The present study explored the mediation effects of three coping strategies and self-esteem on the parenting stress–depressive symptom relationship in the family caregivers of children with genetic or rare diseases. As hypothesized, increased parenting stress was significantly associated with more depressive symptoms. This result was in consistent with past studies, and indicated that caring for children with genetic or rare diseases may impact caregivers' mental health quality. Under this situation, caregivers also exhibited higher use of three coping strategies to manage their emotional distress. The parallel mediation analysis results showed that only the dysfunctional coping was a significantly partial mediator. This result indicates that if family caregivers choose to apply dysfunctional coping strategies, such as behavioral disengagement, denial, self-distraction, self-blame, substance use, or venting, to orient away from the highly frequent and uncontrollable parenting stress, they would experience increased depressive symptoms. This result is partially in line with the similar research among frontotemporal dementia caregivers that caregivers' use of dysfunctional coping as a response to their strain increased the levels of depression.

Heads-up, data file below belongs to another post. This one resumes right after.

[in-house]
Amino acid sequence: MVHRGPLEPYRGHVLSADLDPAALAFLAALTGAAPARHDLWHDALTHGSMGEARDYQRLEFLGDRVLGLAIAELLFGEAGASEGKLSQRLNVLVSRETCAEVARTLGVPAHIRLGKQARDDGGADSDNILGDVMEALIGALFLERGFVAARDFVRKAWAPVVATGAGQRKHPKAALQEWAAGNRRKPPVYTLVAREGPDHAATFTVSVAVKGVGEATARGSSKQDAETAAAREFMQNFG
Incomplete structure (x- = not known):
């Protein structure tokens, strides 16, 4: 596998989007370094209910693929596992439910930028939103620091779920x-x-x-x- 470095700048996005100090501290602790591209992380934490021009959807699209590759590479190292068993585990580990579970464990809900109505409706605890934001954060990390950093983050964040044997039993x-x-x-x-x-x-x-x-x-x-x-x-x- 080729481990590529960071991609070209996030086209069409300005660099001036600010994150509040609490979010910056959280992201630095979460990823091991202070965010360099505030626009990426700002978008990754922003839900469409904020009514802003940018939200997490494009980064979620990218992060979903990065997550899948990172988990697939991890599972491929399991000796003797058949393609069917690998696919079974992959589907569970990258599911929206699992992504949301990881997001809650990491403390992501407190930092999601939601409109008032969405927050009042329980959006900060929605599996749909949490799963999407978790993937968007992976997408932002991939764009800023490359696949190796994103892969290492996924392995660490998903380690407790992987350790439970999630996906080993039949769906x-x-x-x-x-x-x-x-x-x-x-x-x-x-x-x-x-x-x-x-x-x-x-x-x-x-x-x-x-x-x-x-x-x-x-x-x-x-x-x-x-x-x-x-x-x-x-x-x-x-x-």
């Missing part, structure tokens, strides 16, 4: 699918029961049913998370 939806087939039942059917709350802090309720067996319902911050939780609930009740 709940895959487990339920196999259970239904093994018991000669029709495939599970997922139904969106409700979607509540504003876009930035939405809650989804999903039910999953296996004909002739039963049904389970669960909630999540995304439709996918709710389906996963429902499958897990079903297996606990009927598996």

Contrary to our hypothesis, the study result showed that higher use of the problem- or emotional-focused coping strategies increased depressive symptom and did not play a significant role in lessening depression among the present sample. A partial explanation for this is that no matter how to use coping efforts to change or adapt to parenting stress, family remained with depressive symptoms. There might be other possible proximal mediating determinants to adjust to chronical disease such as interpersonal processes, personality attributes, or cognitive appraisals. Another explanation is that using the problem- or emotional-focused coping strategies might not help to decrease depressive symptom, but benefit other health outcomes. The previous mediation studies about coping strategies and coping outcomes for caregivers were mixed. For example, the study for caregivers of people with Alzheimer's disease indicated that three coping strategies did not mediate the relationship between care burden and depression, but using more problem-focused and fewer emotion-focused coping strategies can reduce caregivers' anxiety a year later. The study for frontotemporal dementia caregivers also pointed out that caregivers' use of problem-focused coping strategies increased their quality of life. A meta-analysis study showed that active coping, planning, seeking instrumental social support, seeking social support for emotional reasons, positive reinterpretation and growth, acceptance, and turning to religion were significantly correlated with a high level of well-being.